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Tuesday, July 17, 2012

Cache Gran Fondo 2012

I did it!  I rode my bike for 51.4 miles in the Cache Gran Fondo 2012.  I only decided to try and do this ride less than 2 weeks ago, so I didn't have too much time to train.  I also don't have the kind of bike you're supposed to have, but the Gran Fondo is a ride, not a race, and billed for all levels.  I hoped I'd be fine.  Of course, when I signed up, it said it was a 40 mile ride.  Then it became 50, and I got worried.


By the time I showed up Saturday morning, I was really nervous.  I felt embarrassed to be the only one (it seemed) with a bike for riding around town instead of speed.  Mark came to see me off and give me moral support, which I really appreciated.  I hoped everyone would pass me quickly so that I could just ride at my own pace without feeling so self-conscious.  The 100 mile riders and 70 mile riders all started earlier, and at 7:15 am, our 50-miler group was off.




The course was pretty flat, so I did fine for a long time.  I started out in about the middle of the group, but people steadily passed me.  Every time I was pretty sure I was the last one, someone else would pass.  But it wasn't until nearly 20 miles into the ride that the young boys on mountain bikes passed me.  I decided that was really probably it--the last to pass me.  Then we did a little one mile sprint and I passed a couple of the boys.  No offense kids, but that was kind of fun.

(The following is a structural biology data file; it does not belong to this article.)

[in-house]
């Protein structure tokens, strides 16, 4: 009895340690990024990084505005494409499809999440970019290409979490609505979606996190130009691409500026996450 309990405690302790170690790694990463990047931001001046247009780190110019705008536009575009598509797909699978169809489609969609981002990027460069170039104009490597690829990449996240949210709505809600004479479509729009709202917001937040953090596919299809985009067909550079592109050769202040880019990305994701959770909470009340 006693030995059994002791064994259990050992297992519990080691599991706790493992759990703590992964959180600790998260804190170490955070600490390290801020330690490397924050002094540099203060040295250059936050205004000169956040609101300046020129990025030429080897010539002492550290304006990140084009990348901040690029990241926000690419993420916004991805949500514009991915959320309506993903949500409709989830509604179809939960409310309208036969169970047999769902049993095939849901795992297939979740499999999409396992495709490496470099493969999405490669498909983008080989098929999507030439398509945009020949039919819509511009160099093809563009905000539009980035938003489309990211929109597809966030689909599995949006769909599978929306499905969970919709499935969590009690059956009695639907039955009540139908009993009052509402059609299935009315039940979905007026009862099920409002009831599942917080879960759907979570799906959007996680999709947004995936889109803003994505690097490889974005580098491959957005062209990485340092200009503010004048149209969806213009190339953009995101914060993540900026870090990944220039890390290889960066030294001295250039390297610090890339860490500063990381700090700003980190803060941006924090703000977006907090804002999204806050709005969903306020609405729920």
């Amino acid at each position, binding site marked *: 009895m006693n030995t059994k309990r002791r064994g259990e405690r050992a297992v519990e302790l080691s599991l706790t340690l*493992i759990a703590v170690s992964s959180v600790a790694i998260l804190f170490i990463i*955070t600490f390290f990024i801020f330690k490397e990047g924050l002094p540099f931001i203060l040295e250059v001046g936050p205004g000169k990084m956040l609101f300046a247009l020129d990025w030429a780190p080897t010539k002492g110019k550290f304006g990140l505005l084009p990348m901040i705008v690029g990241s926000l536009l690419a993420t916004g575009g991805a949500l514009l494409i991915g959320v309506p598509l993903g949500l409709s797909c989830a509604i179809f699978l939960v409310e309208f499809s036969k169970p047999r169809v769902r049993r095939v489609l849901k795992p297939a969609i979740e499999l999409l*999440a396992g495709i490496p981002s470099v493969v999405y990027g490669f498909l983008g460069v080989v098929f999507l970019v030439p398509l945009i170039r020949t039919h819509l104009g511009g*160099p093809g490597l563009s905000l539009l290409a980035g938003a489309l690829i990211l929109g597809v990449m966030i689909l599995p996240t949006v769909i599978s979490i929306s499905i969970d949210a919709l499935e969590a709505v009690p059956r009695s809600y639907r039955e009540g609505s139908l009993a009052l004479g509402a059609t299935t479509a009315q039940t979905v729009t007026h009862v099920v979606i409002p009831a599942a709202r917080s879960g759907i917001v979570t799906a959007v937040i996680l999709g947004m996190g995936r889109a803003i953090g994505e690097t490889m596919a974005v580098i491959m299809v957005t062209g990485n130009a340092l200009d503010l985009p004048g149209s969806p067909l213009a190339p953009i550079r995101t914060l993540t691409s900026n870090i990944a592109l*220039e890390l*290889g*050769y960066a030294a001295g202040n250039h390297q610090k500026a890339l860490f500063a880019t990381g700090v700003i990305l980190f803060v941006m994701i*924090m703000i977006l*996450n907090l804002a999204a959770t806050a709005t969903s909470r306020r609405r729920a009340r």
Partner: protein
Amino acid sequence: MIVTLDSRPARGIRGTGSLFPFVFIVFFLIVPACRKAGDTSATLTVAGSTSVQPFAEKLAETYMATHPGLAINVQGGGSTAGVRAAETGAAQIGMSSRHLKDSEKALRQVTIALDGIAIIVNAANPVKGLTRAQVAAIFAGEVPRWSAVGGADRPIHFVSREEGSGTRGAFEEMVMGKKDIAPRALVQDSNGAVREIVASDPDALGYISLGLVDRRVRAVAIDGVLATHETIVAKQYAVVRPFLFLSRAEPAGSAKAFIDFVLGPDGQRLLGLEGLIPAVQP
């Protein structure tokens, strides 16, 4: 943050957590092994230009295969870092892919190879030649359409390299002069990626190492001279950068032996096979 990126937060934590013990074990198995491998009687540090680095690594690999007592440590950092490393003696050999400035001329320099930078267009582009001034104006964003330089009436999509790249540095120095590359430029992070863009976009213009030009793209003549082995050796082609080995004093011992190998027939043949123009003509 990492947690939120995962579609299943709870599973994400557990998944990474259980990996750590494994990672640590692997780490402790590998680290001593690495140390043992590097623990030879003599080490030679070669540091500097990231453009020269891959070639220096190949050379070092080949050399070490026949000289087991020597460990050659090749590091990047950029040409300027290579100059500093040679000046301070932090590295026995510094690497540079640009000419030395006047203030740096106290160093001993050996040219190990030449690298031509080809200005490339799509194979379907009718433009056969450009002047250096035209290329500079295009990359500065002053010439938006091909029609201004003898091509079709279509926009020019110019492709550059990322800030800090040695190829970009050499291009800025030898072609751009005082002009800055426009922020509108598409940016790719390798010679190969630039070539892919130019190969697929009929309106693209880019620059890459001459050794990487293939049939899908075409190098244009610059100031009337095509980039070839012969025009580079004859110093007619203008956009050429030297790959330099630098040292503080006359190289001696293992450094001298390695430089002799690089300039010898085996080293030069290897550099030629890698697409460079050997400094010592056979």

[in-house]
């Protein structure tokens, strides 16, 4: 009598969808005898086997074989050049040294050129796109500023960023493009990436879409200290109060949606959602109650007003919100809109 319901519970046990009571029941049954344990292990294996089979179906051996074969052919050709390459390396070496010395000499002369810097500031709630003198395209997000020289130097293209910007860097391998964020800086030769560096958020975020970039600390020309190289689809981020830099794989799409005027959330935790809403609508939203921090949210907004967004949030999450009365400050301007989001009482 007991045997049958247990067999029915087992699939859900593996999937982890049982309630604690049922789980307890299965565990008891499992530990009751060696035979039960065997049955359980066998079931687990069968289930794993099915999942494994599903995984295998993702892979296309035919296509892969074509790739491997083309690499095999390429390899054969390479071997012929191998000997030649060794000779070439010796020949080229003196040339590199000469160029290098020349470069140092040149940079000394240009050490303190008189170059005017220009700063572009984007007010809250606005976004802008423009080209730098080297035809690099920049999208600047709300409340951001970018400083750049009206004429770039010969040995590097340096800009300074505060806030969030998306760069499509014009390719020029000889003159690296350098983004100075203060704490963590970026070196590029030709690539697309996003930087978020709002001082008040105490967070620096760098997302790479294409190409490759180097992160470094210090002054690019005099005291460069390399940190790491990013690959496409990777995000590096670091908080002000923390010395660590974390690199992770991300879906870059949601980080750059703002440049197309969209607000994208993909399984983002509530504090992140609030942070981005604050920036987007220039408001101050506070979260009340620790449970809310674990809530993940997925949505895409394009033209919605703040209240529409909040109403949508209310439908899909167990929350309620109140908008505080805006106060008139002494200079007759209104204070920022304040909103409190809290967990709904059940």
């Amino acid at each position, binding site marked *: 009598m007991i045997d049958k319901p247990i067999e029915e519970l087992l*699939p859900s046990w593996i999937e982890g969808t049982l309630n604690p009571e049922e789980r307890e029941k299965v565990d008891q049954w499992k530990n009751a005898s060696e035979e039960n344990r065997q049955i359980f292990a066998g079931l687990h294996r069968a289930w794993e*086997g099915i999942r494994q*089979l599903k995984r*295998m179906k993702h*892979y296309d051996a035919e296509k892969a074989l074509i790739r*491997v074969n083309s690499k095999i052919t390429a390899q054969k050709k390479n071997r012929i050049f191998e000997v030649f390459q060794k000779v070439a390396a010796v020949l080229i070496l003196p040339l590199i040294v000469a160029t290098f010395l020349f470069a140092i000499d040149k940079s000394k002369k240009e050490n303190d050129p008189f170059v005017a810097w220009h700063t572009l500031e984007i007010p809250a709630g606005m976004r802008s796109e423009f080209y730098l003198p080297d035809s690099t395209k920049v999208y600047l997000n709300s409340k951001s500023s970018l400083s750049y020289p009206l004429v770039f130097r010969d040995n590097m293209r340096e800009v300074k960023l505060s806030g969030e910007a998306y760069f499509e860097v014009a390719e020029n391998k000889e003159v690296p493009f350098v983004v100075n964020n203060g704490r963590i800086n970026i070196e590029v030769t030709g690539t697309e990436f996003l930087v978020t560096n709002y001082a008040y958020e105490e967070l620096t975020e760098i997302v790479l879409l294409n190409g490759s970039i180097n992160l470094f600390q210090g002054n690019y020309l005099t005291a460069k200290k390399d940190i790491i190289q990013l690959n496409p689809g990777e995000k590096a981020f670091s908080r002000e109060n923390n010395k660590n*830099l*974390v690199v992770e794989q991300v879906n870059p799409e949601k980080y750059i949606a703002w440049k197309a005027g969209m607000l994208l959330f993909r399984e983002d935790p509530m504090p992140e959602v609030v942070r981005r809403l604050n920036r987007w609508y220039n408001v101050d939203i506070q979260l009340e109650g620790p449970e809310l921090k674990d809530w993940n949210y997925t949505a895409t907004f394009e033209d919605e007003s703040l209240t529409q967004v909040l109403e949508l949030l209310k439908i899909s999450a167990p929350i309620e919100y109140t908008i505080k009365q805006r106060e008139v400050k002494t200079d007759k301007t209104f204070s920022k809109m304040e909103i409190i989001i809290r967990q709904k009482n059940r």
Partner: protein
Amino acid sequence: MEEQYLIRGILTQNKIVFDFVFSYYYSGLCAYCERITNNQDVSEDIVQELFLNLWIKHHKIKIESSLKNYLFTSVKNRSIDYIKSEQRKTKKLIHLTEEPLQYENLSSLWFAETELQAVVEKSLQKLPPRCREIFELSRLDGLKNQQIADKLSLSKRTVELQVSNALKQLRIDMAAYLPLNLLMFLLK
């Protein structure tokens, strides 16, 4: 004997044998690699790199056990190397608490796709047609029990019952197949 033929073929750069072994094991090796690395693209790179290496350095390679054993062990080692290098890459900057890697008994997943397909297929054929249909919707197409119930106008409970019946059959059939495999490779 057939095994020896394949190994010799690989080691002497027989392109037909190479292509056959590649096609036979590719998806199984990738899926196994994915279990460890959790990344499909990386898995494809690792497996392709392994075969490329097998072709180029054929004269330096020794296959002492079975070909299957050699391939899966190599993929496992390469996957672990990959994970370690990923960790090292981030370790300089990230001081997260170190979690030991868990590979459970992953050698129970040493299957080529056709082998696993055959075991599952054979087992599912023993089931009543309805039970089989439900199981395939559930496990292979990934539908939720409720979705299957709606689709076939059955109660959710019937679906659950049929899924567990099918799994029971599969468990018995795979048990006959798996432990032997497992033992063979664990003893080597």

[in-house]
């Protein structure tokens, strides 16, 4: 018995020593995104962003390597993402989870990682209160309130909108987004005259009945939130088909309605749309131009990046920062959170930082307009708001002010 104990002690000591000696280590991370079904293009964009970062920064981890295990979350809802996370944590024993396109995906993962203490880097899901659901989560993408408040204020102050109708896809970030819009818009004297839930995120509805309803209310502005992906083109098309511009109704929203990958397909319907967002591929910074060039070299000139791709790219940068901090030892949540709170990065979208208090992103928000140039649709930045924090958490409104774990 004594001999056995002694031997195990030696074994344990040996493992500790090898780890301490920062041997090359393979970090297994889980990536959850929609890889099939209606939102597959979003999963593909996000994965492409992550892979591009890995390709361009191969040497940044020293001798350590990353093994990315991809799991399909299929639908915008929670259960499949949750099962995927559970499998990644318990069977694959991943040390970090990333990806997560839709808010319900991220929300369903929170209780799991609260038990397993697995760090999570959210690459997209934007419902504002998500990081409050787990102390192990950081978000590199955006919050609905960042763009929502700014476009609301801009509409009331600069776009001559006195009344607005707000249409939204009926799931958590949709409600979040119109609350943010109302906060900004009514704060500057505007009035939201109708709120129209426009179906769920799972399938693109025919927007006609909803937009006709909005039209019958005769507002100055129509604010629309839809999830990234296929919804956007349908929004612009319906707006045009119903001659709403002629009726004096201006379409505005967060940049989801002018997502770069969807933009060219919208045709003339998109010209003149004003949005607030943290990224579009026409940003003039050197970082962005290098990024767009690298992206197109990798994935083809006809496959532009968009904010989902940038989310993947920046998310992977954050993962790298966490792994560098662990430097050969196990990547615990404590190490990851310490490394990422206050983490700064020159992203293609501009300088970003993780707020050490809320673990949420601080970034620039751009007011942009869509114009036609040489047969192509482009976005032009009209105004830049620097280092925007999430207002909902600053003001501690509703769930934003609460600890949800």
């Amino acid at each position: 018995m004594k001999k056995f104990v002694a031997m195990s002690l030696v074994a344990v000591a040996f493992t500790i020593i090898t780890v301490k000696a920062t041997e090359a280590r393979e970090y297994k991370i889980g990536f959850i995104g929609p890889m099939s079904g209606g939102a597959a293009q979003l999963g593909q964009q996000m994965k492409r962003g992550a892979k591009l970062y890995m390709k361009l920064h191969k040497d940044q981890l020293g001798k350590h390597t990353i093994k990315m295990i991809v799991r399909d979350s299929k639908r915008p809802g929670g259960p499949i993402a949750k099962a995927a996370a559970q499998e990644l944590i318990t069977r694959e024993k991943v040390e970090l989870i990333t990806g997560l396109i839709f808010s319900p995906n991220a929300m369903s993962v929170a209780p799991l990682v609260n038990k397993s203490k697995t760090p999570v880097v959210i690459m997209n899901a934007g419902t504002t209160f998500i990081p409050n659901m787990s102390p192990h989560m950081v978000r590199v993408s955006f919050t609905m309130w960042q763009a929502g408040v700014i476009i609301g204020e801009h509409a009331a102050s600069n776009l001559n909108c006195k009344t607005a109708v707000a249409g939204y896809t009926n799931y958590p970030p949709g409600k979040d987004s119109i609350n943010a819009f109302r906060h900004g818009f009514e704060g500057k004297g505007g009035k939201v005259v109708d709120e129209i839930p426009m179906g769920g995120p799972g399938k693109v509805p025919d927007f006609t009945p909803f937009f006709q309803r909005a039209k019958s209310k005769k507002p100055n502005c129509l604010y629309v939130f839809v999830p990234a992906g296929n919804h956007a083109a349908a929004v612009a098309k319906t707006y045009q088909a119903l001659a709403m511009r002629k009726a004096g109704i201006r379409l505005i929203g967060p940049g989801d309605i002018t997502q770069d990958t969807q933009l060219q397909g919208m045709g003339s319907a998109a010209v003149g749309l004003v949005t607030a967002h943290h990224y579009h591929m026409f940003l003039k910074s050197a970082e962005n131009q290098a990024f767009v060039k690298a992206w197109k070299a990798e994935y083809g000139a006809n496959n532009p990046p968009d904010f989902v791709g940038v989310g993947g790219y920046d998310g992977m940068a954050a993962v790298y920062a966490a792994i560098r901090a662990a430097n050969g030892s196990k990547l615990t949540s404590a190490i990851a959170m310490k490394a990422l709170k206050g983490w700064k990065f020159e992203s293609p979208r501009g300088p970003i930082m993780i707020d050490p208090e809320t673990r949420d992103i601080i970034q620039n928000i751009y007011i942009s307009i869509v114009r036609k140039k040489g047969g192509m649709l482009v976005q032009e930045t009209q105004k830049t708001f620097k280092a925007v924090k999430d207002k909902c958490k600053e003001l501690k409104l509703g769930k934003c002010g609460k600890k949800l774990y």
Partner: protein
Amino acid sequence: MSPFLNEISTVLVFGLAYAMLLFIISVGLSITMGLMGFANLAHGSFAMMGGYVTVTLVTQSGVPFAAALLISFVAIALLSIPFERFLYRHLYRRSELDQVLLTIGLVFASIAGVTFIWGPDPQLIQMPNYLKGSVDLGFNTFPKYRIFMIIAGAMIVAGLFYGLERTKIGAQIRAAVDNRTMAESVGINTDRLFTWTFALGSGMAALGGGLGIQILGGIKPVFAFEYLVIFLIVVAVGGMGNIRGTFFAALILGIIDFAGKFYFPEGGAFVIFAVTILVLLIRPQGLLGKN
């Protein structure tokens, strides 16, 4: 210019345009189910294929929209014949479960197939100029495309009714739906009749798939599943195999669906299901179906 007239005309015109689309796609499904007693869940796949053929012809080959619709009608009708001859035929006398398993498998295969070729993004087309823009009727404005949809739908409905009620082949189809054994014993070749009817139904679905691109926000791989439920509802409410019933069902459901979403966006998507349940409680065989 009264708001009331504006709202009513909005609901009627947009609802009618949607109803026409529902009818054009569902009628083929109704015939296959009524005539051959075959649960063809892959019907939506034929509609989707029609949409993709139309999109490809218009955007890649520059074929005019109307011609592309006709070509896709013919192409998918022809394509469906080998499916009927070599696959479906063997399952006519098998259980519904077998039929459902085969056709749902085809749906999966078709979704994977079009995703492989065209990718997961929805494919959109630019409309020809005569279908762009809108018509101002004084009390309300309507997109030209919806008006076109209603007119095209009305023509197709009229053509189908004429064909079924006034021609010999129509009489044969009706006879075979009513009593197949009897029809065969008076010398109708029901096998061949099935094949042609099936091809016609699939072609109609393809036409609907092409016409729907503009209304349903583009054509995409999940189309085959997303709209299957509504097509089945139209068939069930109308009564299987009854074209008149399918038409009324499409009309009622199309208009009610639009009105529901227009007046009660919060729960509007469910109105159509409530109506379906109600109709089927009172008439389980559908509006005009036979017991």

At the first rest area, they had really good breakfast food that I didn't feel hungry to eat, and bike repairs offered.  My bike chain had started squeaking continuously as I pedaled, so I asked if they could oil my chain.  The guy was so nice.  I was embarrassed about my bike again, and he was very complimentary: probably just to help me feel good.  He also adjusted my shifters so that I could get into 8th gear (my highest) which wasn't working before.  Yeah!  I rode off feeling like I'd had a free tune up.

Then I hit the hill challenge.  It was about a mile and a half and looked straight up from the bottom.  I was determined to ride up the whole thing, even if I had to rest and then ride some more.  It seems really hard to walk a bike up a hill after pedaling so hard; I've tried it.  Not far into riding up, I realized that everyone on the hill was walking their bikes.  They yelled encouragements to me when I passed.  Bikers are nice!  Seriously!  Once I was done, I felt like the rest of the ride was in the bag.



Somewhere after that, I started having random thoughts like, "I should have shaved my legs," and "These bike shorts really helped!  I'm only getting really sore right now!"  Some ladies taking a break on the side of the road told me I was doing really well with that kind of a bike.  So nice!

The weather was fantastic: cooler than it'd been in weeks, and overcast.  Kind of sticky, but worth it to have the sun behind clouds.



At the 40 mile rest stop, I was really glad I still had 10 miles to go, because I still felt good.  The ride back in to Logan was fun, but I could start to really feel the tired muscles.





Mark and the little kids came to meet me at the finish line.  Lots of bystanders cheered, which was really fun.  What a great ride!  I'm so glad I did it, and I have to admit, it's a lot easier and more fun for me than running.  I'm taking a couple of days off now to rest my aching muscles and knees.  I forgot to look at my time when I rode through the finish arch, but it was pretty close to 5 hours and 20 minutes.  And I didn't finish last.


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